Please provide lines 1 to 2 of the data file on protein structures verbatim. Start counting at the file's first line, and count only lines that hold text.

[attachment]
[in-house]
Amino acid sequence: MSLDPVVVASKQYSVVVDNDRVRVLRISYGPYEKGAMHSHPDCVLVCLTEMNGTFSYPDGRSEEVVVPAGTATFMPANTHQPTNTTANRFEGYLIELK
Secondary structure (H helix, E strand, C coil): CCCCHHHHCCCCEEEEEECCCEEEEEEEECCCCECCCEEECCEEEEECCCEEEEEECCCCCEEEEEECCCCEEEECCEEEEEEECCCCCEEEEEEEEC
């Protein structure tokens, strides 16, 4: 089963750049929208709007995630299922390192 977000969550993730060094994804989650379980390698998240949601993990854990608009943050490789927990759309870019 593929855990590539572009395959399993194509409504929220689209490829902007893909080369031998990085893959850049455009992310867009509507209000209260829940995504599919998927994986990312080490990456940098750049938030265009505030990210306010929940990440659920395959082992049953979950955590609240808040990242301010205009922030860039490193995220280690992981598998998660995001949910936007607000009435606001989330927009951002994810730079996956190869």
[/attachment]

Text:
[in-house]
Amino acid sequence: MSLDPVVVASKQYSVVVDNDRVRVLRISYGPYEKGAMHSHPDCVLVCLTEMNGTFSYPDGRSEEVVVPAGTATFMPANTHQPTNTTANRFEGYLIELK